Multiple Account FBAR Violations Assessed

      • On September 24, 2015, the Internal Revenue Service (“IRS”) assessed penalties against Kaufman for his non-willful failure to file timely FBARs—$42,249 for the 2008 FBAR, $42,287 for the 2009 FBAR, and $59,708 for the 2010 FBAR. (Plf.’s SMF at ¶ 7.)

      • At or near the time the FBAR penalties were assessed, the IRS sent a letter to Kaufman demanding payment.

      • The parties do not dispute any substantive difference between these versions, and the Court cites to both the original and renumbered regulations because both the originally numbered regulations and the renumbered regulations were effective during the period at issue.

What does this Mean?

The IRS assessed multiple FBAR penalties against the taxpayer for noncompliance and then sought demand for payment. Taxpayer disputed that penalties were appropriate due to reasonable cause.

Dispute as to FBAR Liability and Amount of Penalties

      • Kaufman disputes that he has any liability for the untimely FBAR filings and alternatively disputes the Government’s calculation of the penalties assessed.

      • On this latter issue, he argues that the maximum amount of civil monetary penalties that can be imposed for his non-willful violations is $10,000 for each year a FBAR was not filed for a total of $30,000. (Def.’s Opp. Mem. at 1, ECF No. 65-2.) Additional facts will be set forth as necessary.

Court Limits Non-Willful FBAR Penalty to Per Form

As provided by the Court:

      • For the first three decades of the Bank Secrecy Act, Congress decided that no penalty should be imposed for non-willful violations. Kahn, 2019 WL 8587295, at

      • Then, when Congress amended the Bank Secrecy Act to impose penalties for non-willful violations, it wrote a penalty provision that at first glance imposes a strict $10,000 cap. See United States v. Horowitz, 978 F.3d 80, 81 (4th Cir. 2020) (observing but not holding that “[a]ny person who fails to file an FBAR is subject to a maximum civil penalty of not more than $10,000”).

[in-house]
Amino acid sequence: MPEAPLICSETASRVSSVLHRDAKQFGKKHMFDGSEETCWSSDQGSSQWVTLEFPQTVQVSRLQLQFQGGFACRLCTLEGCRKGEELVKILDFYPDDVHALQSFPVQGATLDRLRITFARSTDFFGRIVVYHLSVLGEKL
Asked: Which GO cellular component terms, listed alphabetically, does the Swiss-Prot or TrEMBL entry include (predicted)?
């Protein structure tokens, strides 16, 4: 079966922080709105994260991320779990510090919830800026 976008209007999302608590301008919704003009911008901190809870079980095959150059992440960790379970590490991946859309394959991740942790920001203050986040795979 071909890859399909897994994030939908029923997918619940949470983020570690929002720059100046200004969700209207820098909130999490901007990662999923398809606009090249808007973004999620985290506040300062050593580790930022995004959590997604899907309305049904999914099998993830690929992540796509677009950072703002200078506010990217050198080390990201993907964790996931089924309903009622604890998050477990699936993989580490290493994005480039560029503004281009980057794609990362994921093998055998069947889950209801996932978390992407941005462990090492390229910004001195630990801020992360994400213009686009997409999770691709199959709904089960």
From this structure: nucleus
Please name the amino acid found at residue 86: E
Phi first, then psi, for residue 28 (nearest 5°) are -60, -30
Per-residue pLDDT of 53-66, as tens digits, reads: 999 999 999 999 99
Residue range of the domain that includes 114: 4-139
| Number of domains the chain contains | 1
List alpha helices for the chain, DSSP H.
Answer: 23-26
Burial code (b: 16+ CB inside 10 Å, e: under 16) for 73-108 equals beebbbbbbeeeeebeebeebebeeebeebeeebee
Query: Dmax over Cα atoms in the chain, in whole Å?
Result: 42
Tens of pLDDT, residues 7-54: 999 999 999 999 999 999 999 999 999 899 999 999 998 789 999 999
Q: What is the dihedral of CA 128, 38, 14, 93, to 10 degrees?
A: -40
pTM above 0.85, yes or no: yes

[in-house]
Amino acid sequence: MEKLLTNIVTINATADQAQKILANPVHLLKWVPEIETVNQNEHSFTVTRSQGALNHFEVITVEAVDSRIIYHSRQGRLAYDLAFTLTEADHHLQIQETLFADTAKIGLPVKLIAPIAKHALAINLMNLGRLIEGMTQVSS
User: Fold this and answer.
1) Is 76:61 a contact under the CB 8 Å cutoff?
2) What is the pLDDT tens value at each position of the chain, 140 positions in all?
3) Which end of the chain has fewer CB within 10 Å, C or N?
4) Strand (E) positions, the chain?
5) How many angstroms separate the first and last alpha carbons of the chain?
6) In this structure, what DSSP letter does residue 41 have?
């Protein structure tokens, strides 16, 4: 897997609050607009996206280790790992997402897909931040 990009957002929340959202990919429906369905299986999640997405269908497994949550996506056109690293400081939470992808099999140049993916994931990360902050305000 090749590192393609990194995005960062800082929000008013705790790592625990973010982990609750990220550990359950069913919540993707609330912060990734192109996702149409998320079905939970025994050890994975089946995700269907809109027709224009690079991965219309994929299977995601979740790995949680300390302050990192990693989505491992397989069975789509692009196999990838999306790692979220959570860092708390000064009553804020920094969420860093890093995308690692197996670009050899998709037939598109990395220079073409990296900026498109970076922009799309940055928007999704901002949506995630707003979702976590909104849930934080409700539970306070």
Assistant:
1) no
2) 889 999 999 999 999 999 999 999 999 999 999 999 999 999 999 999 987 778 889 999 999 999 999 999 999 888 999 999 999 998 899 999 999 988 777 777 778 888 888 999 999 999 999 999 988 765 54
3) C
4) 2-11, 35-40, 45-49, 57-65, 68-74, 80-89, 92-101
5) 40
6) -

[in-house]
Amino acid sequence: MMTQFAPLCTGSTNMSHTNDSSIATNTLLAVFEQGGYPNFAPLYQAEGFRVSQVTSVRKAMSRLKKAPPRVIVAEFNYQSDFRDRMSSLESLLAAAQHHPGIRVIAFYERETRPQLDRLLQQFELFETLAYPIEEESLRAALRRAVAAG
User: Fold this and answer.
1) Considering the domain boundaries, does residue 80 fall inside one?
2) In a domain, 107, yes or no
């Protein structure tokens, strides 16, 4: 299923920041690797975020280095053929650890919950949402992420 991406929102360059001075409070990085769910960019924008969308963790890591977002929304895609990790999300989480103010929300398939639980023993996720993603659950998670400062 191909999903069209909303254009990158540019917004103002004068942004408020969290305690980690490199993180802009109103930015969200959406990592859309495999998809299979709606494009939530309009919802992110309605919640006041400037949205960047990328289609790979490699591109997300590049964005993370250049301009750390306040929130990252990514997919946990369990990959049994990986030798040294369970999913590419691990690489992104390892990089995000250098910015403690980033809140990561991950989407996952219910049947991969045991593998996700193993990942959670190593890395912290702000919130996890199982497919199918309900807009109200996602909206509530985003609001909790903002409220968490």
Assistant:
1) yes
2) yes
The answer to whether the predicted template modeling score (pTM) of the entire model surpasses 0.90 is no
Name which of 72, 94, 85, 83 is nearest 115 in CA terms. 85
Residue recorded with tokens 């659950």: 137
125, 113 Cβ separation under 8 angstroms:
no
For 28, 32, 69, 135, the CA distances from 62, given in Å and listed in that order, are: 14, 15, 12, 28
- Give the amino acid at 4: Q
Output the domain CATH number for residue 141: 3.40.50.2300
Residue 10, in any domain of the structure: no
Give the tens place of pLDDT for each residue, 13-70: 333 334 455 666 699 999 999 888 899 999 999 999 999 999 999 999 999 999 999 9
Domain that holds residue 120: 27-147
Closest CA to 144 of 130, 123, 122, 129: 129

• And it did so with full awareness of the penalty provision for willful violations, which expressly uses the balance of the account as a benchmark for assessing the statutory cap. Absent more persuasive evidence to the contrary, the Court concludes that Congress did not intend for the statutory cap for non-willful violations to be determined on a per account basis.

District Court Ruling and the Danger of Bittner

While this is a great result for the defendant, it must be taken at face value for now. It is a District Court case ruling and not an Appellate or Supreme Court case. Recently, there was a case “Bedrosian,”in which the District Court had ruled that taxpayer was non-willful. That case went up on appeal where it was later remanded. In that case, the Appellate court essentially told the District Court to “try again” — with the understanding that the court did not apply sufficient facts and law to support a non-willful finding — which then resulted in the court issuing willful FBAR penalties.